Levi Benkert and Candy Chand’s No Greater Love is the story of one man and his family who radically uprooted their life and moved across the world outLevi Benkert and Candy Chand’s No Greater Love is the story of one man and his family who radically uprooted their life and moved across the world out of love for children. Levi was doing well in real estate but when the housing crash hit, his business was spiraling down. He was agonizing over what to do and strategies to come up with when a good friend called and asked him to fly to Ethiopia to help rescue a group of children who had been labeled as a curse by their tribe and were going to be killed. A group of photographers had discovered this practice and managed to rescue nine children. After deliberation and his wife Jessie’s support Levi used his emergency fund and flew over to Ethiopia to aid this effort. The plight of these children weighed on his heart and when he flew back home he and his wife made the decision to move their family (three children at the time) over to care for these kids and find them a home. Their story is moving and inspiring. Ultimately, the state and other organizations stepped in to aid this rescue and the Benkert’s relationship with the tribe deteriorated. The Benkerts ended up doing other work with Ethiopian orphans.
I have mixed feelings about this book. One the one hand, I respect Levi and Jessie’s willingness to literally sell everything and move in answer to a call. Their tenacity is remarkable. On the other hand they made a completely life altering decision very quickly. Levi mentioned in the beginning of the book that they were believers but did not regularly attend church. It is surprising that a church funded them to go over to Ethiopia without them having a commitment to a local church. There was high emphasis on the good that they achieved as well as the lifestyle they were in before they went. It is certainly a remarkable story but it seemed to just skim the surface. I would like to learn more about them and their ministry. I appreciated the honesty about struggles but it was too short! I think their story has more potential.
I learned more about adoption. I share Levi and Jessie’s horror at those who use it as an opportunity to make money. It was surprisingly difficult for them to navigate. Side note: it is a messed up world when adopting children who need a home is that hard! I definitely want to read more about international adoption.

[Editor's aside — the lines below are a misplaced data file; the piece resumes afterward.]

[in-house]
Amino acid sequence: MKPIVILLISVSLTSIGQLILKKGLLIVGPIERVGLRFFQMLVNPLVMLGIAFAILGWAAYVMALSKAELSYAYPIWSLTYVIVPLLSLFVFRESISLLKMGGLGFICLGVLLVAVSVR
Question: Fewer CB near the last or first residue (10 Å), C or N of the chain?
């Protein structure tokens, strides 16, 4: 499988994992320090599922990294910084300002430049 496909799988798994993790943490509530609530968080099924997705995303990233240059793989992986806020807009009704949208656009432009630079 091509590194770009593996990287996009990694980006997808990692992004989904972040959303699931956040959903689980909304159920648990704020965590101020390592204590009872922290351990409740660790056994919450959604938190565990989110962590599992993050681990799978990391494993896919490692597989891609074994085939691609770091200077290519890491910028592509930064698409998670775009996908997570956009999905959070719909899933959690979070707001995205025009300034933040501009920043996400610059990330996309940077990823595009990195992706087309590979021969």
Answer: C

All things considered it was a good read. It was easy to read quickly. It is not one that I am going to give away or recommend with flying colors. I had a couple of concerns with the book. I did appreciate the opportunity to read and review it! (I’ve received this complimentary book from Tyndale House Publishers in exchange for a review. A positive review was not required and the views expressed in my review are strictly my own.)...more
A Touch of America: Memories of an Austrian Fulbright Scholar was not my favorite read. The idea has such potential: reading about the impressions ofA Touch of America: Memories of an Austrian Fulbright Scholar was not my favorite read. The idea has such potential: reading about the impressions of America from the perspective of an exchange student after World War II. I have several issues with the book right from the start. The first is that it is not clear that this book is fiction. The character Helen is based on Wilma Shine’s experience but she is fictional. Just the title indicates that this is in a memoir style and it is not. Perhaps it is in the historical fiction: memoir style but it is not in itself a memoir.
Another critique I have is the formatting. Across the top of each page is a line (like a header) and on many pages the text and line are crooked. Unfortunately having a line there accents this imperfection. Chapters do not have numbers and in some cases there are large white spaces for no apparent reason.